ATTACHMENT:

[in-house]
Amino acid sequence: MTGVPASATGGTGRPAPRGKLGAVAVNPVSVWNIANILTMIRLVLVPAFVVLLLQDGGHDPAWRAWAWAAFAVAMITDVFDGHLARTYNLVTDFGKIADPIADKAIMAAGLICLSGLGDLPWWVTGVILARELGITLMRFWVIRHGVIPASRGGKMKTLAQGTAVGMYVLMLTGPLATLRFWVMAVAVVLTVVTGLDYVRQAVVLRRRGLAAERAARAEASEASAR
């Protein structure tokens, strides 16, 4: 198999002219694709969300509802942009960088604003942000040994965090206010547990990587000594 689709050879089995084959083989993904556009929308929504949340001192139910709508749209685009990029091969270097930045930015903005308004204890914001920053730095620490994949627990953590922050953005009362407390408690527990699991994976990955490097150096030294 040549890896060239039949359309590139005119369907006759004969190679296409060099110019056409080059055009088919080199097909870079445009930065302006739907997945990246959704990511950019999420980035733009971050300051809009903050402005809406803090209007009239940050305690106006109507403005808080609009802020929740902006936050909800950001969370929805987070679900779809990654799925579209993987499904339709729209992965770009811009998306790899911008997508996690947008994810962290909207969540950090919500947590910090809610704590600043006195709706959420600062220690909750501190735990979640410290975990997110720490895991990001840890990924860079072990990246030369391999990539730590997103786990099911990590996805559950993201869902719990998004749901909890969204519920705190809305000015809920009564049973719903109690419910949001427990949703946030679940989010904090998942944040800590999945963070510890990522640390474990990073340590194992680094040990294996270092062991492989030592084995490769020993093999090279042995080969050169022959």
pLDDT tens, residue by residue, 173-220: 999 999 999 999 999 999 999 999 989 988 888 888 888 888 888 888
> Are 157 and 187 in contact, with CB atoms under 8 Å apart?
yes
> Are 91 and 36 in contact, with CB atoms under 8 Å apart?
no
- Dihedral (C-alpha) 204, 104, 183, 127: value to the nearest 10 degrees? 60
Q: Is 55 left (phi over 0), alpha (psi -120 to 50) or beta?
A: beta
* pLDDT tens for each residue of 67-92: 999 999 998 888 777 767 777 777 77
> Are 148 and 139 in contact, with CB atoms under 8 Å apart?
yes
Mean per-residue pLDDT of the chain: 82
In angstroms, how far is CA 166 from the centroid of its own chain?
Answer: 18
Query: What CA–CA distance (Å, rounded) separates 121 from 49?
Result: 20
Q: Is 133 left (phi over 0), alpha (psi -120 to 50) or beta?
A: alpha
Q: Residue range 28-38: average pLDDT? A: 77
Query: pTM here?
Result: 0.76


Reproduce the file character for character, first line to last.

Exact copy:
[in-house]
Amino acid sequence: MTGVPASATGGTGRPAPRGKLGAVAVNPVSVWNIANILTMIRLVLVPAFVVLLLQDGGHDPAWRAWAWAAFAVAMITDVFDGHLARTYNLVTDFGKIADPIADKAIMAAGLICLSGLGDLPWWVTGVILARELGITLMRFWVIRHGVIPASRGGKMKTLAQGTAVGMYVLMLTGPLATLRFWVMAVAVVLTVVTGLDYVRQAVVLRRRGLAAERAARAEASEASAR
């Protein structure tokens, strides 16, 4: 198999002219694709969300509802942009960088604003942000040994965090206010547990990587000594 689709050879089995084959083989993904556009929308929504949340001192139910709508749209685009990029091969270097930045930015903005308004204890914001920053730095620490994949627990953590922050953005009362407390408690527990699991994976990955490097150096030294 040549890896060239039949359309590139005119369907006759004969190679296409060099110019056409080059055009088919080199097909870079445009930065302006739907997945990246959704990511950019999420980035733009971050300051809009903050402005809406803090209007009239940050305690106006109507403005808080609009802020929740902006936050909800950001969370929805987070679900779809990654799925579209993987499904339709729209992965770009811009998306790899911008997508996690947008994810962290909207969540950090919500947590910090809610704590600043006195709706959420600062220690909750501190735990979640410290975990997110720490895991990001840890990924860079072990990246030369391999990539730590997103786990099911990590996805559950993201869902719990998004749901909890969204519920705190809305000015809920009564049973719903109690419910949001427990949703946030679940989010904090998942944040800590999945963070510890990522640390474990990073340590194992680094040990294996270092062991492989030592084995490769020993093999090279042995080969050169022959």
pLDDT tens, residue by residue, 173-220: 999 999 999 999 999 999 999 999 989 988 888 888 888 888 888 888
> Are 157 and 187 in contact, with CB atoms under 8 Å apart?
yes
> Are 91 and 36 in contact, with CB atoms under 8 Å apart?
no
- Dihedral (C-alpha) 204, 104, 183, 127: value to the nearest 10 degrees? 60
Q: Is 55 left (phi over 0), alpha (psi -120 to 50) or beta?
A: beta
* pLDDT tens for each residue of 67-92: 999 999 998 888 777 767 777 777 77
> Are 148 and 139 in contact, with CB atoms under 8 Å apart?
yes
Mean per-residue pLDDT of the chain: 82
In angstroms, how far is CA 166 from the centroid of its own chain?
Answer: 18
Query: What CA–CA distance (Å, rounded) separates 121 from 49?
Result: 20
Q: Is 133 left (phi over 0), alpha (psi -120 to 50) or beta?
A: alpha
Q: Residue range 28-38: average pLDDT? A: 77
Query: pTM here?
Result: 0.76